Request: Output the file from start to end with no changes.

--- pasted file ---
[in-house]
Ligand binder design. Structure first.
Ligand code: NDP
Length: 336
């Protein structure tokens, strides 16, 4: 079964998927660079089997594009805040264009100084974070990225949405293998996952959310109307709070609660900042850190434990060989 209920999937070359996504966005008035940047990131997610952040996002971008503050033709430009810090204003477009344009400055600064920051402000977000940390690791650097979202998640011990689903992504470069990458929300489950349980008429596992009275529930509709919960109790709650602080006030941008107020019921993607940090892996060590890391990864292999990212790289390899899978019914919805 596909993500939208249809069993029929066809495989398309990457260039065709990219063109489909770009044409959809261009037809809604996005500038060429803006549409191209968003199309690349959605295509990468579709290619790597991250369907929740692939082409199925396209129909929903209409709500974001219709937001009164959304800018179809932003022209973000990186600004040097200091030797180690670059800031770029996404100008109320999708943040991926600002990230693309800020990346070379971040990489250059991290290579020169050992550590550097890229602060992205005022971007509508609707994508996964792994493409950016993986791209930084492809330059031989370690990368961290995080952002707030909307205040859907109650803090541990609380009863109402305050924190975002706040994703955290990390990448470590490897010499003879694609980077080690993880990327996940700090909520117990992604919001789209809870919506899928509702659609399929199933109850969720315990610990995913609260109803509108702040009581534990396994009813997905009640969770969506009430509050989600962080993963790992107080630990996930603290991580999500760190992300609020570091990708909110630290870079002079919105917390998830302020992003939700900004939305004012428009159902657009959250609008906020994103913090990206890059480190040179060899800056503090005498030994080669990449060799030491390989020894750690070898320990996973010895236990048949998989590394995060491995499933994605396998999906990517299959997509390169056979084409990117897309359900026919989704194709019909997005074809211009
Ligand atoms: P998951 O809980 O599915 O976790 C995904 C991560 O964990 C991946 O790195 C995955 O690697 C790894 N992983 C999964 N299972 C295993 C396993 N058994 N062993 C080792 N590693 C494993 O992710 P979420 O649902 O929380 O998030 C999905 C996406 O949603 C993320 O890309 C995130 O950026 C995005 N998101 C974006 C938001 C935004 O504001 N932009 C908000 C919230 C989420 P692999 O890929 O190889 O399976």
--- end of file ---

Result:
[in-house]
Ligand binder design. Structure first.
Ligand code: NDP
Length: 336
């Protein structure tokens, strides 16, 4: 079964998927660079089997594009805040264009100084974070990225949405293998996952959310109307709070609660900042850190434990060989 209920999937070359996504966005008035940047990131997610952040996002971008503050033709430009810090204003477009344009400055600064920051402000977000940390690791650097979202998640011990689903992504470069990458929300489950349980008429596992009275529930509709919960109790709650602080006030941008107020019921993607940090892996060590890391990864292999990212790289390899899978019914919805 596909993500939208249809069993029929066809495989398309990457260039065709990219063109489909770009044409959809261009037809809604996005500038060429803006549409191209968003199309690349959605295509990468579709290619790597991250369907929740692939082409199925396209129909929903209409709500974001219709937001009164959304800018179809932003022209973000990186600004040097200091030797180690670059800031770029996404100008109320999708943040991926600002990230693309800020990346070379971040990489250059991290290579020169050992550590550097890229602060992205005022971007509508609707994508996964792994493409950016993986791209930084492809330059031989370690990368961290995080952002707030909307205040859907109650803090541990609380009863109402305050924190975002706040994703955290990390990448470590490897010499003879694609980077080690993880990327996940700090909520117990992604919001789209809870919506899928509702659609399929199933109850969720315990610990995913609260109803509108702040009581534990396994009813997905009640969770969506009430509050989600962080993963790992107080630990996930603290991580999500760190992300609020570091990708909110630290870079002079919105917390998830302020992003939700900004939305004012428009159902657009959250609008906020994103913090990206890059480190040179060899800056503090005498030994080669990449060799030491390989020894750690070898320990996973010895236990048949998989590394995060491995499933994605396998999906990517299959997509390169056979084409990117897309359900026919989704194709019909997005074809211009
Ligand atoms: P998951 O809980 O599915 O976790 C995904 C991560 O964990 C991946 O790195 C995955 O690697 C790894 N992983 C999964 N299972 C295993 C396993 N058994 N062993 C080792 N590693 C494993 O992710 P979420 O649902 O929380 O998030 C999905 C996406 O949603 C993320 O890309 C995130 O950026 C995005 N998101 C974006 C938001 C935004 O504001 N932009 C908000 C919230 C989420 P692999 O890929 O190889 O399976």